Immigration & Diversity news headlines – August 15, 2013


Citizenship and Immigration Canada would like you to participate in future Immigration Planning! (ERIEC)
Citizenship and Immigration Canada would like to invite you to participate in an online consultation on immigration levels planning.The purpose of this consultation is to seek your feedback on immigration to Canada, specifically on the total number of new permanent residents Canada should welcome and how this overall total should be distributed among immigration categories.

Canadian air force mechanics parents denied visa from India to visit ailing grandson (Nicholas Keung, Toronto Star)
Deepak Sharma has fought for Canada in Afghanistan and Libya, but the air force veteran just cannot beat Canadian immigration officials. The 33-year-old corporal, based at CFB Trenton in eastern Ontario, has been unsuccessful in obtaining a visa for his parents in India to visit their two-year-old grandson, Akarsh, who suffers from a rare genetic disorder. Twice, in March and May, Sharma applied to invite his father, Ashok Kumar, and mother Renu, both in their late 50s, to visit Canada. In rejecting the applications, the visa office in Chandigarh, India, cited his parents lack of travel history abroad, family ties in Canada and purpose of visit as reasons to believe they would not leave the country after their visit. A Citizenship and Immigration spokesperson said she couldnt discuss details, because the required consent form from the family was incomplete. Sharma, a father of three who has served in the Canadian military for 10 years, called the situation depressing.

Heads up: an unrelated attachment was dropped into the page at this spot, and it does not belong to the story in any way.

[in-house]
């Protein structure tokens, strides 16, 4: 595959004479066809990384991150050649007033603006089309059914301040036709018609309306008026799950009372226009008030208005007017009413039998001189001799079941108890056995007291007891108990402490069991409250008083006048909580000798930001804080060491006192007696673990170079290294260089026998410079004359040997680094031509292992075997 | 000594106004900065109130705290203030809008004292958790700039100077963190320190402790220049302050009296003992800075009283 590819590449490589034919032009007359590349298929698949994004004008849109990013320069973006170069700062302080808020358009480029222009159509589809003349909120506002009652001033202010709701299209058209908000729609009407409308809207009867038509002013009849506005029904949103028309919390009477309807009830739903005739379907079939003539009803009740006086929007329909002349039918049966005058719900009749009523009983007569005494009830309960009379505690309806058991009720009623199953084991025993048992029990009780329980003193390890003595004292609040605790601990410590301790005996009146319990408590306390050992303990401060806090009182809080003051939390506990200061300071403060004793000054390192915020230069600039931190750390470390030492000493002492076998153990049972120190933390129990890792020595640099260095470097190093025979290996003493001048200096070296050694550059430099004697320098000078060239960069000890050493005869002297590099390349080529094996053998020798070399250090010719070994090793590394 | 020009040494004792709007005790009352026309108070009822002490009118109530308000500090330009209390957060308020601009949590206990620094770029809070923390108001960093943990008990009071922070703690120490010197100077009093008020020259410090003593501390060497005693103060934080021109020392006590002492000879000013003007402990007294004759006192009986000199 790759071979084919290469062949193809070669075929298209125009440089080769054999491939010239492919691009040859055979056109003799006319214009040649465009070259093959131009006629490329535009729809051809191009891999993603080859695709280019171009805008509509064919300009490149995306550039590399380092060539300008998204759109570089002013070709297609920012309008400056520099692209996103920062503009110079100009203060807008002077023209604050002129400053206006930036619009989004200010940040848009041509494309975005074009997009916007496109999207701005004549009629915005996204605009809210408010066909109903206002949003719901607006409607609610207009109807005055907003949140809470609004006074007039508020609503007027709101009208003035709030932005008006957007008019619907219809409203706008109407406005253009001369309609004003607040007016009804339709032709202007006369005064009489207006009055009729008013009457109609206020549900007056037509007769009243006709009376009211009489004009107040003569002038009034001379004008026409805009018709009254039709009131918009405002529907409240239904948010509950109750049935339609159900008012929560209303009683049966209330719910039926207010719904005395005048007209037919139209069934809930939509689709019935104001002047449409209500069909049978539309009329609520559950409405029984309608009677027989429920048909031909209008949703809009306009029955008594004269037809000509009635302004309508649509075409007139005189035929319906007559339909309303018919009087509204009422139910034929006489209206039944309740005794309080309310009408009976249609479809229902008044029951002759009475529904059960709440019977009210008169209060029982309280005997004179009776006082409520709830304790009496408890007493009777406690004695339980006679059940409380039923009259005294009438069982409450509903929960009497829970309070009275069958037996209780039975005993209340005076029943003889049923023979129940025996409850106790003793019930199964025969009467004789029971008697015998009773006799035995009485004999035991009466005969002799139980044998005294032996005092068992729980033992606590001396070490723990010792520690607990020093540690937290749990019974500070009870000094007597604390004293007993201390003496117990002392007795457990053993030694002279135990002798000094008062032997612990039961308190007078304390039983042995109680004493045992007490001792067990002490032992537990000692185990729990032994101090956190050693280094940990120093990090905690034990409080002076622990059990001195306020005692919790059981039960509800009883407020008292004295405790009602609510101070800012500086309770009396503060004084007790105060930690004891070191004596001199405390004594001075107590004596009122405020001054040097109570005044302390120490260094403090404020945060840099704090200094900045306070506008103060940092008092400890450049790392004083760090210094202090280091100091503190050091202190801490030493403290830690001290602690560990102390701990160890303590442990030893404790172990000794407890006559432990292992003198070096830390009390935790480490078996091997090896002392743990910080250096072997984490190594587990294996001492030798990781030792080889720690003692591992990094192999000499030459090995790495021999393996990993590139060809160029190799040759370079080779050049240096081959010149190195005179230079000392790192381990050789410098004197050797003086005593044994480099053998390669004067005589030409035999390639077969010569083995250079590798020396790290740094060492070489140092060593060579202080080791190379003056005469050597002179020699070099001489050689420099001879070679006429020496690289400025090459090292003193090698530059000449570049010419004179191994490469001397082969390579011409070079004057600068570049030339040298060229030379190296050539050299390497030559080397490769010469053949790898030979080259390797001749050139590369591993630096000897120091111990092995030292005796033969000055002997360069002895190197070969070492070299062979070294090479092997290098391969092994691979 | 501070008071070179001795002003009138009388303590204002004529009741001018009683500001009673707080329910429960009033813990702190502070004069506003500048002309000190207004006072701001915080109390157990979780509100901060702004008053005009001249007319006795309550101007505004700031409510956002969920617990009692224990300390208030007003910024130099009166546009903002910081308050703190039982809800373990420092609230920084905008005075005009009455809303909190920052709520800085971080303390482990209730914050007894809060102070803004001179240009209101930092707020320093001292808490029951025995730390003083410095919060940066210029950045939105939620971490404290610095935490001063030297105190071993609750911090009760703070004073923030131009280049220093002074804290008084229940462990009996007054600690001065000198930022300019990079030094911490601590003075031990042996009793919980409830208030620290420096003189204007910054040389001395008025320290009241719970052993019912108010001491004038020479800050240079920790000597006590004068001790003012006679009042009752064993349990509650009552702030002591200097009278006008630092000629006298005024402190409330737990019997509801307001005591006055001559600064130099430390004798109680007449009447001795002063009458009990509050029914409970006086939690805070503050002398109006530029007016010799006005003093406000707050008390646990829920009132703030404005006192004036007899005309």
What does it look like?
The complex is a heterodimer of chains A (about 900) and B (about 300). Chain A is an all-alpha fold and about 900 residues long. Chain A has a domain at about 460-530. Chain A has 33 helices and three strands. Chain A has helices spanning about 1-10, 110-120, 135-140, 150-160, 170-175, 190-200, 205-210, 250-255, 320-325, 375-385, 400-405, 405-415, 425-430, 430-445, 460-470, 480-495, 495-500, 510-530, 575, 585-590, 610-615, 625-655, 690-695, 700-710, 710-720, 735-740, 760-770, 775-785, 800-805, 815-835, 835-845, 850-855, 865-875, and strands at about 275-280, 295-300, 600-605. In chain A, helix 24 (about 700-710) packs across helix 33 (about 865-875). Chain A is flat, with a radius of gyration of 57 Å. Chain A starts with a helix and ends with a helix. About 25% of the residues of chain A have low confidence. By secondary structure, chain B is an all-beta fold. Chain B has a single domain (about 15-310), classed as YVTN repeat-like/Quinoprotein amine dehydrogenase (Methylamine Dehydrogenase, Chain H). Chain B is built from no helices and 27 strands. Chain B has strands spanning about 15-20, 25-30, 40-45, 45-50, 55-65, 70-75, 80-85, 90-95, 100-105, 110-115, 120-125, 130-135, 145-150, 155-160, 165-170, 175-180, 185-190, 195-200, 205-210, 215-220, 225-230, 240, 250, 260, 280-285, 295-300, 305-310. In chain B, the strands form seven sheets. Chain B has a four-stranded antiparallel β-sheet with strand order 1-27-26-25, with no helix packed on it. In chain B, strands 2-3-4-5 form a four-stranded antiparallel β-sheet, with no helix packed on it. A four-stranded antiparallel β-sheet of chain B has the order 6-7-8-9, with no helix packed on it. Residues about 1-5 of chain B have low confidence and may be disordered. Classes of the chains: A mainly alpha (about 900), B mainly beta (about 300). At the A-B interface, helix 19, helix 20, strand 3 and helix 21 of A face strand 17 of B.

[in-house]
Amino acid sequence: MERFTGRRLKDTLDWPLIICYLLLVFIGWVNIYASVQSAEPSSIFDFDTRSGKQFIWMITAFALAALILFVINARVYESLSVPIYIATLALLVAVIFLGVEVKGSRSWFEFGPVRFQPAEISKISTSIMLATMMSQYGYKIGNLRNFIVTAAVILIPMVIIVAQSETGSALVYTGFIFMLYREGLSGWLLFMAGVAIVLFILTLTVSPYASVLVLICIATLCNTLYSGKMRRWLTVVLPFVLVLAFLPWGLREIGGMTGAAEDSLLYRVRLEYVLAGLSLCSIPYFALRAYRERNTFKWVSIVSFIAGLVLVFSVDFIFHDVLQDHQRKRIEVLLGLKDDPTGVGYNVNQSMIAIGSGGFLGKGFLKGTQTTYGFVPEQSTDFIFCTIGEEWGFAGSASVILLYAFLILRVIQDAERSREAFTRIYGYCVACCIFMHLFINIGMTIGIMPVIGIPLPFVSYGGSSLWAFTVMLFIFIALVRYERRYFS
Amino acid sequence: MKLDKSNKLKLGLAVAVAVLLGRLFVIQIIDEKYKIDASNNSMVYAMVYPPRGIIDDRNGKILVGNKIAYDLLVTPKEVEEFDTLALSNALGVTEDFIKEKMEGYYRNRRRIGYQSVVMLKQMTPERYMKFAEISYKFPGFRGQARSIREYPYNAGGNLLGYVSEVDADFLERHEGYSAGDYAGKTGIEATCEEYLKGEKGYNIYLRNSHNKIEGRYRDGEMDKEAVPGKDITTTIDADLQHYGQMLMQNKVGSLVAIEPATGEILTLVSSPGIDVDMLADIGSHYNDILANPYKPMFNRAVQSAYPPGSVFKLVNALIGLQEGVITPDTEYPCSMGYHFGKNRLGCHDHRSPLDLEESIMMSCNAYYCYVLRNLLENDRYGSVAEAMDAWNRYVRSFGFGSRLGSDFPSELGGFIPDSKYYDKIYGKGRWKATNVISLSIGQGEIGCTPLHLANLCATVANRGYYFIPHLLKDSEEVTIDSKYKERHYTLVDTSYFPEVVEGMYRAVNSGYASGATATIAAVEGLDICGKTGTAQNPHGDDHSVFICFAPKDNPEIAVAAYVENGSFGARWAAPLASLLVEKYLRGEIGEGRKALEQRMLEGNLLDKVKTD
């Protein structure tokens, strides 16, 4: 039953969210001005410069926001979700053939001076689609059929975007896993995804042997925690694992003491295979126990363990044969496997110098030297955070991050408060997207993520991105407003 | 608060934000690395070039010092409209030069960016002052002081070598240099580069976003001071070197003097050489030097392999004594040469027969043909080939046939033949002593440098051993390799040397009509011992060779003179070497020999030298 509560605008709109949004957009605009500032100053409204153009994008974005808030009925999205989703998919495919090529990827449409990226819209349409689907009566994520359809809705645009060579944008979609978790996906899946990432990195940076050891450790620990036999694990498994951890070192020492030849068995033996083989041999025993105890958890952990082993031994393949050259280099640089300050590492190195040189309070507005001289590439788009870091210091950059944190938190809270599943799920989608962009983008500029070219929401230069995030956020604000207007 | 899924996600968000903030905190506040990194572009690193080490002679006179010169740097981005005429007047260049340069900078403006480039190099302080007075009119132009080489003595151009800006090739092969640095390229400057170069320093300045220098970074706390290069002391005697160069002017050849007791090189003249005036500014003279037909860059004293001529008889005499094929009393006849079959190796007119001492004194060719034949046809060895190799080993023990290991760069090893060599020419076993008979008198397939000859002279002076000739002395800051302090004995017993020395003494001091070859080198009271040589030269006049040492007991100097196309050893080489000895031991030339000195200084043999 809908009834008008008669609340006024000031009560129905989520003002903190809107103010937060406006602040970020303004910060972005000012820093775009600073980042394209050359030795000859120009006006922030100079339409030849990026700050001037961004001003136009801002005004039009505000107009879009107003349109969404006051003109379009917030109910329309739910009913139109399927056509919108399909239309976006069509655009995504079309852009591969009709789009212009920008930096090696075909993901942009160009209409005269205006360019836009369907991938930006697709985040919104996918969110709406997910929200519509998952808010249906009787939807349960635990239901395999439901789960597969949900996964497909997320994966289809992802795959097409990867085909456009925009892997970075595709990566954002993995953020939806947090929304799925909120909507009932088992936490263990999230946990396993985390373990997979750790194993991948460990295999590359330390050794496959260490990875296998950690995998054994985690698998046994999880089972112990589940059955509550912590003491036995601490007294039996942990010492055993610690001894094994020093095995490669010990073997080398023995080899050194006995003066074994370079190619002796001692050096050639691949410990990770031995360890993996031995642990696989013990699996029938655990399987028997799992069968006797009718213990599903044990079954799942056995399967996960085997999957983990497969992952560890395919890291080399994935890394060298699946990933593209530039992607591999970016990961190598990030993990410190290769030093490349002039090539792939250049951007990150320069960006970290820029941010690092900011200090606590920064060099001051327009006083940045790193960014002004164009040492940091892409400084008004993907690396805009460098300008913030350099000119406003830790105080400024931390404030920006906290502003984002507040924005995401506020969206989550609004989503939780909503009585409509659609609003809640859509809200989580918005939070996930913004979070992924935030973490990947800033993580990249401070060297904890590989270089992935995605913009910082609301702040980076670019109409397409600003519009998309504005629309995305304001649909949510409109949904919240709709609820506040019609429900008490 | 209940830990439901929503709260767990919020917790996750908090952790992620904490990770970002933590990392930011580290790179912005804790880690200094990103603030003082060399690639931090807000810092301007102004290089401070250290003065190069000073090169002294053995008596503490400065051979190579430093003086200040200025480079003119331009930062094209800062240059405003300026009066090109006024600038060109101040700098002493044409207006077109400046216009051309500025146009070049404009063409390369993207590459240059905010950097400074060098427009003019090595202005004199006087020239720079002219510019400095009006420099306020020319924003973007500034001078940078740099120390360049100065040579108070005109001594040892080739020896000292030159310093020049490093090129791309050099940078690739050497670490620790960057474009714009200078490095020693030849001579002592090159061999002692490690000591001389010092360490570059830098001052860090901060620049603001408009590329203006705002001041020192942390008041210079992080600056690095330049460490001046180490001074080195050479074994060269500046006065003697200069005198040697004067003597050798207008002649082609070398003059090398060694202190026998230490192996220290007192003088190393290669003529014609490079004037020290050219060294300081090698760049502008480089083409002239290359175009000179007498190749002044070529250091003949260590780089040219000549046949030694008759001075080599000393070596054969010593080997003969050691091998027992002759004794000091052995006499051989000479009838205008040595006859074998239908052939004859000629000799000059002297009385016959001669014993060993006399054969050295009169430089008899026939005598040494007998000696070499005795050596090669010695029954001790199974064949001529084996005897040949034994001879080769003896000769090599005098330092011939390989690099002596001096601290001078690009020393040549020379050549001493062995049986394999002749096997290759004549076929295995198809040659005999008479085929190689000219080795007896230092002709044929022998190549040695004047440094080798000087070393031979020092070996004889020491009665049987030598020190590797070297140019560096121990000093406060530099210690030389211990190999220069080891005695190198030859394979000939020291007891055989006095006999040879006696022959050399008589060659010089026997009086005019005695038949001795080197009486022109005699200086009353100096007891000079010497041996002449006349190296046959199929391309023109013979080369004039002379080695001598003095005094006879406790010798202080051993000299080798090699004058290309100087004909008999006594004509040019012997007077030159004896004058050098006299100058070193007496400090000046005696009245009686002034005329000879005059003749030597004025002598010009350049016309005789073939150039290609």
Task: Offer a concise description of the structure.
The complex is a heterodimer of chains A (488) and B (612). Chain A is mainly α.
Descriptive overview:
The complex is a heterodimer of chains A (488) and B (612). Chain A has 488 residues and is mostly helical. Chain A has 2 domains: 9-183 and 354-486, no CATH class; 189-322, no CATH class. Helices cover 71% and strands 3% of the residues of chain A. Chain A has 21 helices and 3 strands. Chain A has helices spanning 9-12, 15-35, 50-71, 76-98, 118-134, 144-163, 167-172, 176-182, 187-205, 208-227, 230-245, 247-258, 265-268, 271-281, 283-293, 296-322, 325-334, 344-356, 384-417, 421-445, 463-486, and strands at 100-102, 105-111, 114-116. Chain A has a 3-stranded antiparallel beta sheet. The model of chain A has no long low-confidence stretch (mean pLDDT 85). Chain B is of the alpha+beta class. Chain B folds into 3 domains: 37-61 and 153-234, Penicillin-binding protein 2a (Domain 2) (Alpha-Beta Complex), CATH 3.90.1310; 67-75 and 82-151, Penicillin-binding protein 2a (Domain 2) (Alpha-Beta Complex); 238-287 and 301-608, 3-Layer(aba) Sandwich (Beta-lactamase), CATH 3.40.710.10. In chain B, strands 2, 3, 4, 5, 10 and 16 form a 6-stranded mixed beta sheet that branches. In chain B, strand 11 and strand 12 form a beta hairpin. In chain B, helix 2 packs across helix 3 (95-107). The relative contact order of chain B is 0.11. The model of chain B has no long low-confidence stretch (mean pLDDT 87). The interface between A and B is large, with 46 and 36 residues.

Chinese tourist may have scammed seniors (CBC)
Immigration officials say a Chinese citizen, who travelled to Canada on a tourists visa, may have spent his time in this country scamming seniors. Huo Youjin and four women were detained at Vancouvers airport last month as they tried to return to China. Canada Border Services Agency say they were carrying $148,000 in cash between them, as well as a large amount of jewelry. The cash was concealed between the pages of magazines, in the lining of suitcases and inserted inside feminine hygiene products.

Is U.S. the worlds most religiously diverse nation? Check out Canada. (Douglas Todd, Vancouver Sun)
Readers can see from the chart below that, compared to the U.S., Canada has more than twice as many members per capita of non-Christian religions at almost nine per cent of the total population. Canada also has far more who say theyre non-religious, which could be argued is another form of diversity.

Solicitor-client privilege, Federal Court diversity to be debated by lawyers (Tobi Cohen,
Meanwhile, another resolution to be debated would call on the government to step up efforts to address gender and ethnic diversity in Federal Court appointments. As of April of this year, just 31 per cent of all federally appointed judges were women, said B.C. lawyer Linda Robertson, adding her province hadnt seen female appointee for two years. After some poking and prodding by the local bar association, that changed in June when four women were finally appointed, she said, adding the ethnic make-up of the court is less clear. The judges who sit on these cases bring with them their own life experiences and different perspectives that different groups have. Women bring a different perspective than men to the bench. Someone whos Indo-Canadian has a different life experience, she said.